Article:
Czech manufacturing performance deteriorated for a third month in June as new export business in the sector fell for an eight month running due to the ongoing crisis and uncertainty in Western European markets, an industry gauge published Monday showed.
The HSBC Czech Republic Manufacturing PMI rose to 49.4, from a 33-month low of 47.6 in May, but remained in contraction territory, “signaling a deteriorated in overall business conditions for the third month running,” said the bank in a report compiled by Markit, a financial services company.
New orders fell at a much slower rate, while production was broadly unchanged and firms expanded workforces having cut staff the previous month. Manufacturing new orders declined in June, rounding off contraction throughout the second quarter, HSBC said.
The main positive from the latest survey was an increase in employment, following job shedding in the previous two months. Meanwhile, purchasing volumes were flat and stocks of inputs fell at a robust pace.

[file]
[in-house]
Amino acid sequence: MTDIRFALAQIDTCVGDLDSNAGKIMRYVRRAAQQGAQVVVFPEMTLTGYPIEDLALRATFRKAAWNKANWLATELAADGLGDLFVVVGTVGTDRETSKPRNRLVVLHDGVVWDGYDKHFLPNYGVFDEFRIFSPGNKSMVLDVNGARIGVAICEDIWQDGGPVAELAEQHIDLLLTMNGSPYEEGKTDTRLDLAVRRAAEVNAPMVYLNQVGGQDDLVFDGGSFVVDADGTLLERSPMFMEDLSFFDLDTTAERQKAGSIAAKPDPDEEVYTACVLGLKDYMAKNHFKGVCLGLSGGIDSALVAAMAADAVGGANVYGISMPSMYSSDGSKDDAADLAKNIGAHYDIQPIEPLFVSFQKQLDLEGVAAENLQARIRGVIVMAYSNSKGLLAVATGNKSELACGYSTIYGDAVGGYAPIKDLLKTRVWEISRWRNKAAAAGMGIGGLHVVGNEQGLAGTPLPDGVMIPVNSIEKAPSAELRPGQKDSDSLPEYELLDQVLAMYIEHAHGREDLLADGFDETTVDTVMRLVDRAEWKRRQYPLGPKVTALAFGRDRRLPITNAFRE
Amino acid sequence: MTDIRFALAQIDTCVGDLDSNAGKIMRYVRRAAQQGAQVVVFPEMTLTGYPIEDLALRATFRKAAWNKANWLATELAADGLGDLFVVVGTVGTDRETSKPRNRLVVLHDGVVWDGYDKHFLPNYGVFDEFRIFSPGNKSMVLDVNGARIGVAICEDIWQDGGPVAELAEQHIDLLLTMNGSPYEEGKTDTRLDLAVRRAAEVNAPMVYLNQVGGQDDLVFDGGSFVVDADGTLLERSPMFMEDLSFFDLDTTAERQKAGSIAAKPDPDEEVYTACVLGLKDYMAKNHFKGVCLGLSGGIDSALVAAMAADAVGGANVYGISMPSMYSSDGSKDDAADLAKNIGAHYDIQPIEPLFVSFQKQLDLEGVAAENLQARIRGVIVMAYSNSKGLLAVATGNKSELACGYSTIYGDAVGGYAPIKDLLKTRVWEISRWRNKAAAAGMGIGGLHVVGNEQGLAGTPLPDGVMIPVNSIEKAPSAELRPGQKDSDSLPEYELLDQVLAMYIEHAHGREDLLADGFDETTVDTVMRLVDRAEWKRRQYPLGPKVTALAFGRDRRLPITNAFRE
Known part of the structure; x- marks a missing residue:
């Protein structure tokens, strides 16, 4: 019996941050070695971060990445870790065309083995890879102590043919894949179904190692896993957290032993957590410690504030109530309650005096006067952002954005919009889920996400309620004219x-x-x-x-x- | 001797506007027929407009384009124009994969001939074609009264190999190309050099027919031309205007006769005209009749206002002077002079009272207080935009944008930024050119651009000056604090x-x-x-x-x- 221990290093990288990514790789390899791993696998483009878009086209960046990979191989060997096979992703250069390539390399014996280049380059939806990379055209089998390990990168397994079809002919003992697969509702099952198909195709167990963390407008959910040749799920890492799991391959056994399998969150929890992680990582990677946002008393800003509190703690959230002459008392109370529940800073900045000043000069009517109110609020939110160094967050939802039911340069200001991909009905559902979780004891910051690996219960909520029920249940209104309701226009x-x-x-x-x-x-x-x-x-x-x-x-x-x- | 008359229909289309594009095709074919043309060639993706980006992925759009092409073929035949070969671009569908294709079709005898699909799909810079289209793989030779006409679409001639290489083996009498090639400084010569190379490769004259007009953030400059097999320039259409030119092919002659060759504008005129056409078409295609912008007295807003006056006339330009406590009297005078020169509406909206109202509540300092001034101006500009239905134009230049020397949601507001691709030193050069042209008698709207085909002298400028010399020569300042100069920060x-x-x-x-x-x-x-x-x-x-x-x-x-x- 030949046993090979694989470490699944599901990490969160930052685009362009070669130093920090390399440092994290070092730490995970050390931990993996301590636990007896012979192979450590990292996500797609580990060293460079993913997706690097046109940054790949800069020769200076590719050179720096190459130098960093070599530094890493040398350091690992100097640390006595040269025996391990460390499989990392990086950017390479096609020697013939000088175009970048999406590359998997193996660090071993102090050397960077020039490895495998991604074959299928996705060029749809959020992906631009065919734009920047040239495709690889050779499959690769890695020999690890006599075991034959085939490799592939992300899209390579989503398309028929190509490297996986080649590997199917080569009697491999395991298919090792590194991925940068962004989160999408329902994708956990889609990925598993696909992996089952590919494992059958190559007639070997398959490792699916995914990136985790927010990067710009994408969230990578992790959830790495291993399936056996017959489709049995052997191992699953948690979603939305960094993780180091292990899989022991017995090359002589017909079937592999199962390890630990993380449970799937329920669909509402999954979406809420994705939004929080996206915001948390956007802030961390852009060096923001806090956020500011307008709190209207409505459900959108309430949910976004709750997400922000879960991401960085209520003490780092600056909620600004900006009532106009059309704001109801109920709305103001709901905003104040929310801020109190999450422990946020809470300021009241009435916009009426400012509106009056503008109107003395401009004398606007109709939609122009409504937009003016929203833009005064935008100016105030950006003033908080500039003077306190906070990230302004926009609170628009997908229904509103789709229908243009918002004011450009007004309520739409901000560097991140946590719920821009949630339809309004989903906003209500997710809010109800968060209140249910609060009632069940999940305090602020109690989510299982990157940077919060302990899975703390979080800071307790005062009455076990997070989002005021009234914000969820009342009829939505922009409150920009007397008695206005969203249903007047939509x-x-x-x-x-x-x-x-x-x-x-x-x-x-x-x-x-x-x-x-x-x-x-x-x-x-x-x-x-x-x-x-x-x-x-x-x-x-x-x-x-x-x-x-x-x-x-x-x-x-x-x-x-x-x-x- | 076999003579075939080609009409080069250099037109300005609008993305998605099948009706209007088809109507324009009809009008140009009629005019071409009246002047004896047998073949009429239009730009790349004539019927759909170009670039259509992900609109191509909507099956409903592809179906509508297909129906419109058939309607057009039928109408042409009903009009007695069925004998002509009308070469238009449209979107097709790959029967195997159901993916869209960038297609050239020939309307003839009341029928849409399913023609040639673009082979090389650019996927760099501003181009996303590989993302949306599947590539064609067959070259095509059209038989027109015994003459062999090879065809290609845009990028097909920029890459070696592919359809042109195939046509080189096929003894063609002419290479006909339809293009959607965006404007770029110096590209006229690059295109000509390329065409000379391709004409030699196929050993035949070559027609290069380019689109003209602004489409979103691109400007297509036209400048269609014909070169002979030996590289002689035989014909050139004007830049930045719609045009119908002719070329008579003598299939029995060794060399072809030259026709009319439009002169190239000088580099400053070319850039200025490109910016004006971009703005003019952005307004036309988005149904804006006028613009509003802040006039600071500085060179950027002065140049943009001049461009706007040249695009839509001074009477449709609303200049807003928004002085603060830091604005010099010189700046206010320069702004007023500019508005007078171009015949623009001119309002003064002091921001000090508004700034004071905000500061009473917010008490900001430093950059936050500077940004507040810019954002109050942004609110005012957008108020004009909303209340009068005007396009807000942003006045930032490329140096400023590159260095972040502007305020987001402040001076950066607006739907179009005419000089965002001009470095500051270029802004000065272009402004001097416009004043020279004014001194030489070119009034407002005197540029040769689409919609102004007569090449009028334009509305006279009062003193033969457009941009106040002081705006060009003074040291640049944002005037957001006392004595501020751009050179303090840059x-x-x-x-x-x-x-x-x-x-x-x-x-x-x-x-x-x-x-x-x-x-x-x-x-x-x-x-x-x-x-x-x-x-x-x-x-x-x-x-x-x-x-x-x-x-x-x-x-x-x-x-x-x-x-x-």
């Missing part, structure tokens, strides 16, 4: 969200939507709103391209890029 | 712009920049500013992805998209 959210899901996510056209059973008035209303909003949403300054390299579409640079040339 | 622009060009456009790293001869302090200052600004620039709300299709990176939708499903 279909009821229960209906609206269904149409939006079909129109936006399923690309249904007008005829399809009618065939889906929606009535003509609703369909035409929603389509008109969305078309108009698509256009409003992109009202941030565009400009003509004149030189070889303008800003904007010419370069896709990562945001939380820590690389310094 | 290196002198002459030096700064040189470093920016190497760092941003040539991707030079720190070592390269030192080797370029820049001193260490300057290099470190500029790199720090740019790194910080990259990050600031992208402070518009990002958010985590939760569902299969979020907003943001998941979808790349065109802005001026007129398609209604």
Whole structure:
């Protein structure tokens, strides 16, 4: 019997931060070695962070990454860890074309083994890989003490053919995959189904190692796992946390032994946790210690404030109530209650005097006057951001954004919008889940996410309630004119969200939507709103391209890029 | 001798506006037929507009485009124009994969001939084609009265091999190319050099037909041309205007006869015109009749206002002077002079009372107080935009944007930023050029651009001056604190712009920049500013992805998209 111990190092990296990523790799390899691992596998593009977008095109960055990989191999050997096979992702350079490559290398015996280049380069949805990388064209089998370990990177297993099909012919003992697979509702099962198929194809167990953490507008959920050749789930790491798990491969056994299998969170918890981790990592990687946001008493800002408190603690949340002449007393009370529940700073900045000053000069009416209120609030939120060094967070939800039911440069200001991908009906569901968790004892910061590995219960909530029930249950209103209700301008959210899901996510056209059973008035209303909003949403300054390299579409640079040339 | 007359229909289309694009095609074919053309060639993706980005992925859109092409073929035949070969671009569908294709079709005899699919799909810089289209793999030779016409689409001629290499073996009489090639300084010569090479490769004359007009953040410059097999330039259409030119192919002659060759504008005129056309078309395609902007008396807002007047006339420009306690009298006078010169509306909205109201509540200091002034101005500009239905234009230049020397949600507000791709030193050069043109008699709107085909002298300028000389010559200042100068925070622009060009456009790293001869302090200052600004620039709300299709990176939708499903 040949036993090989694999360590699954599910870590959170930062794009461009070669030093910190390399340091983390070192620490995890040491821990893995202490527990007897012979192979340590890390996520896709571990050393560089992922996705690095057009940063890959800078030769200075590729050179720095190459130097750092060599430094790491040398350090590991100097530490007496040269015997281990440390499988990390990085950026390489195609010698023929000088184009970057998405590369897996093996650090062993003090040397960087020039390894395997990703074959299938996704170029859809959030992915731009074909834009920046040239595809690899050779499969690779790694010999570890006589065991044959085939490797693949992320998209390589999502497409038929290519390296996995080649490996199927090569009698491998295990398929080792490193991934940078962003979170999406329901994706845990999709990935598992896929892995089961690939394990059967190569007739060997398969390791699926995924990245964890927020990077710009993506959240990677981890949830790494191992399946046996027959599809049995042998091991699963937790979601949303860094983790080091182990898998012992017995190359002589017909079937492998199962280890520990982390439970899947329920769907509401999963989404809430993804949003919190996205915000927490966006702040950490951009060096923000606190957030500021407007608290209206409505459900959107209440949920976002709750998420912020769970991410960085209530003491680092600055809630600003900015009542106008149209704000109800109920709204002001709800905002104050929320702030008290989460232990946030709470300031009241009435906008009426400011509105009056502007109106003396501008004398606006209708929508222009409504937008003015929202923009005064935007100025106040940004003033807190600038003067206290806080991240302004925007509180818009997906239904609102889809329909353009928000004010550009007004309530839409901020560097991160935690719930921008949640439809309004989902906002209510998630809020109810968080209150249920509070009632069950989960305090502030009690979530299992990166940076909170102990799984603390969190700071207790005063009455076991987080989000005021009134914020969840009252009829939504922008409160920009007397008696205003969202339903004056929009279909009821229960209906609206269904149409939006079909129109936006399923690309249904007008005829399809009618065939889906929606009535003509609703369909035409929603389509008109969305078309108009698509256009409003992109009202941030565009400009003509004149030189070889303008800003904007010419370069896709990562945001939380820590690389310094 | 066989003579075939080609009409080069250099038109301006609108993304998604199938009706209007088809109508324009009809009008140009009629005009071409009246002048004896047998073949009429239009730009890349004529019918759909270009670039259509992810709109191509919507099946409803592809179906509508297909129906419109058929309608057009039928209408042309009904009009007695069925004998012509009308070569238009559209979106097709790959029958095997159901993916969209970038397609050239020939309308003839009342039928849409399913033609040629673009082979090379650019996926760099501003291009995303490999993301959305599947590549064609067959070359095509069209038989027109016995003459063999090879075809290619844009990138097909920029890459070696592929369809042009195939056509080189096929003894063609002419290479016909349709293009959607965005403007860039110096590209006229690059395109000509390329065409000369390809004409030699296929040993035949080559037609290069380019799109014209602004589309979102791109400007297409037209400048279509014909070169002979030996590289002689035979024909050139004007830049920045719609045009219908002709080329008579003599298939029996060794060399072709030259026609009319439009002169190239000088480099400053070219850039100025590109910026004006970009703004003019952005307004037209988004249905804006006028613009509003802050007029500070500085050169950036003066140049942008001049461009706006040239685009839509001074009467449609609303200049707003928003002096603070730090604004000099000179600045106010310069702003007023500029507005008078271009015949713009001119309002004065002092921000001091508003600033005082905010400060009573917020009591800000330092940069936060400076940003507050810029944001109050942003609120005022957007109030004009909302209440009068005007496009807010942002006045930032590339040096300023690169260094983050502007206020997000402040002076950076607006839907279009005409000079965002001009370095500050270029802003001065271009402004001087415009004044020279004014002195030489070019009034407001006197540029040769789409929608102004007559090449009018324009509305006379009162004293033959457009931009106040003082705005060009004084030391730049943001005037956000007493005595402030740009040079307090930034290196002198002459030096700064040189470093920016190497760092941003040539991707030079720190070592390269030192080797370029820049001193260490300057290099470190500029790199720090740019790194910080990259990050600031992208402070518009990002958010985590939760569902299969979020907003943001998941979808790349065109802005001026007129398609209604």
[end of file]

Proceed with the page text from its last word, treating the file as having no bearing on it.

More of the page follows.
“Following sharper than expected GDP contraction in1Q2012 and worsening leading indicators in Germany, [the Czech Republic’s] main trading partner, the improvement in PMI reading between May and June is encouraging,” said Agata Urbanska, Economist, Central & Eastern Europe at HSBC.
“We assume the fall in economic activity to be shallow though and PMI’s rebound in June supports this assertion. June PMI components showed stabilization in output and growing employment,” she said.
The Czech National Bank (ČNB) last week cut its key interest rate by a quarter of a point to a record low 0.5 percent, in line with market expectations, after months of sluggish domestic demand having sparked an economic recession.
According to the last GDP data, the Czech economy fell into a recession in the fourth quarter of 2011 as it dropped 0.2 percent quarter on quarter. In the first quarter of 2012, GDP lost 0.8 percent on the quarter, according to the Czech Statistical Office (ČSÚ). Inflation eased to 3.2 percent in May, the lowest this year, from 3.5 percent in April.